Apple (NASDAQ: AAPL) has been ordered to stop selling the iPhone 6 and 6 Plus in the Chinese capital of Beijing after the handset was ruled to violate intellectual property rights, Bloomberg reported.
The city's IP regulator found that Apple's current flagship devices infringe on a design patent held by Shenzhen Baili's for its 100C phone. The decision, which was published by the Beijing Intellectual Property Bureau last month, applies only to the city but could influence similar cases elsewhere in China.
The immediate impact of the ruling is unclear: Bloomberg reported that Apple can appeal the decision and continue to sell the phones during the process, while The Wall Street Journal said some Beijing retailers have already ceased sales of the handsets, "switching to newer models." The Journal also said Apple "will soon end" production of both the iPhone 6 and 6 Plus, presumably as the company launches a new flagship device later this year.
The news is the latest in a series of hurdles for Apple in China, which remains the world's largest smartphone market. The Chinese government blocked Apple's book and movie services a few months ago for violating foreign publishing rules, and in 2013 the company was accused of providing inferior customer service.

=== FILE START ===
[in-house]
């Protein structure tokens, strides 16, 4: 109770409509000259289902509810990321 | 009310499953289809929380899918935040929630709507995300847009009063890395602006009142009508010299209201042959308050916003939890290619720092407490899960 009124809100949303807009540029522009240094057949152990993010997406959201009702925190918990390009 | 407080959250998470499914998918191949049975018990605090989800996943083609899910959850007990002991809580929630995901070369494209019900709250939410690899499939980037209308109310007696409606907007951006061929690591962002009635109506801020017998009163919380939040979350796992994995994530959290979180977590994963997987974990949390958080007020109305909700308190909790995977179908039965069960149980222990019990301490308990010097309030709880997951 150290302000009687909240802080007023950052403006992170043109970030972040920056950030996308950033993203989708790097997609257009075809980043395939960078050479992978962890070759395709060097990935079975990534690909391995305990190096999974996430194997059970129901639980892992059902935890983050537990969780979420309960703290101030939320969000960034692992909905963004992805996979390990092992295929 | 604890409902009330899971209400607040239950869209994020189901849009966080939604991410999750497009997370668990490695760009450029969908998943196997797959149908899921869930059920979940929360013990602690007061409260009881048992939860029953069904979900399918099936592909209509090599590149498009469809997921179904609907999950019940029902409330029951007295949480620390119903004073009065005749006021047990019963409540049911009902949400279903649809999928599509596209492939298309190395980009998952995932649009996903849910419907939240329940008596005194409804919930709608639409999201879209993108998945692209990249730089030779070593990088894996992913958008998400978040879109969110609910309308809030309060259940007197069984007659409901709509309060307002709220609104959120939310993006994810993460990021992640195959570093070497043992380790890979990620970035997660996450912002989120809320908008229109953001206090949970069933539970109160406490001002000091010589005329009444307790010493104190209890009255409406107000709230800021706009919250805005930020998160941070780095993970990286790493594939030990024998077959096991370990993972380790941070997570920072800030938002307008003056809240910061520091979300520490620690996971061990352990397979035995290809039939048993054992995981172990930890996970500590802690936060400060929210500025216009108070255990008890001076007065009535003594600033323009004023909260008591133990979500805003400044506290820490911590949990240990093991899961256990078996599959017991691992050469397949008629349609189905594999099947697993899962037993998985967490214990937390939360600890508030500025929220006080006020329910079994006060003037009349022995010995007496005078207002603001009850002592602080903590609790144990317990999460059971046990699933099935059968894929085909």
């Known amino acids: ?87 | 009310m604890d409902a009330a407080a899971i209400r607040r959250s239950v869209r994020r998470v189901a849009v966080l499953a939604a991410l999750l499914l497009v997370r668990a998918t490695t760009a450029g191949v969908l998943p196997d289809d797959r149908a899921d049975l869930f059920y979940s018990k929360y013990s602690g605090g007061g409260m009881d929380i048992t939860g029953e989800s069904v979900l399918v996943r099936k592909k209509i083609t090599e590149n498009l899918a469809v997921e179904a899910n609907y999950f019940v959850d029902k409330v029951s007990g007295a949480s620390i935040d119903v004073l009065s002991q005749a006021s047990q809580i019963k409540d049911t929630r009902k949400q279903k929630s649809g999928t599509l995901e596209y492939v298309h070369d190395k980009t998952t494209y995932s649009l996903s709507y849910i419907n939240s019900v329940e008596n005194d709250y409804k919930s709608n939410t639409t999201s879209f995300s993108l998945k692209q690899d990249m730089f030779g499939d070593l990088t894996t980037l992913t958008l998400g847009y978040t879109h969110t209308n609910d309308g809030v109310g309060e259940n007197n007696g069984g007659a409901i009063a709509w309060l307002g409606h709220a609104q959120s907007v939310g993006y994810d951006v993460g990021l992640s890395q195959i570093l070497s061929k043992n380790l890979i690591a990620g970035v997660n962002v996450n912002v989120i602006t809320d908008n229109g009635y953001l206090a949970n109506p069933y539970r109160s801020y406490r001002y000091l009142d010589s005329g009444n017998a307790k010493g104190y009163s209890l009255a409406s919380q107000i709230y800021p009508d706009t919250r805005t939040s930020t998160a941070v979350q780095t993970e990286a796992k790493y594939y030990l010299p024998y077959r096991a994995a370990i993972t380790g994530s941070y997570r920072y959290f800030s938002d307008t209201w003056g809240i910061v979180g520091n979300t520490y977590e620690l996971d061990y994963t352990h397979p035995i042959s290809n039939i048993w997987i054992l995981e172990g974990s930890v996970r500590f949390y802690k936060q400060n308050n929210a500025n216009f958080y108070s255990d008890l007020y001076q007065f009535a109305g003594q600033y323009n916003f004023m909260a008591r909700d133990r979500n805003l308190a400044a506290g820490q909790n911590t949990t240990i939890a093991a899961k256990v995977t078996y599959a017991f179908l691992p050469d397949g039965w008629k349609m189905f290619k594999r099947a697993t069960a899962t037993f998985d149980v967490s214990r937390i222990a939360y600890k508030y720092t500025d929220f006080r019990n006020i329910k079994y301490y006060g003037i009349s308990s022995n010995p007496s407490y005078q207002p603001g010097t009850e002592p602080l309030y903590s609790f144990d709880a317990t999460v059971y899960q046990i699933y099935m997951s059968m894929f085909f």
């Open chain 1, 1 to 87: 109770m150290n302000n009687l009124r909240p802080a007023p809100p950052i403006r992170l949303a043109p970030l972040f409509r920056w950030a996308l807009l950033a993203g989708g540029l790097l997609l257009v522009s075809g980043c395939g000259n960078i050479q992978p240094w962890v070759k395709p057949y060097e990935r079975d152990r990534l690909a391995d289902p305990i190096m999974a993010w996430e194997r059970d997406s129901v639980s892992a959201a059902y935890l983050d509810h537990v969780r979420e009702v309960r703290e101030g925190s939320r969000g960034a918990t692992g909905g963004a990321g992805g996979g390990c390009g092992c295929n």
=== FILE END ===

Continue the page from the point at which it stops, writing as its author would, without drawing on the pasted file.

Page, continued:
And slowing overall sales in the Chinese smartphone market has been a drag on Apple's worldwide smartphone business over the last year. Kantar Worldpanel ComTech reported in March that iPhone sales over the three-month period through January had slowed in urban China to their lowest levels since late 2014, and the company's first-quarter results marked the first time revenues had fallen year-over-year since 2003.
Meanwhile, Apple has increasingly focused on growing its business in India, an emerging region that will eventually overtake China as the world's largest smartphone market.
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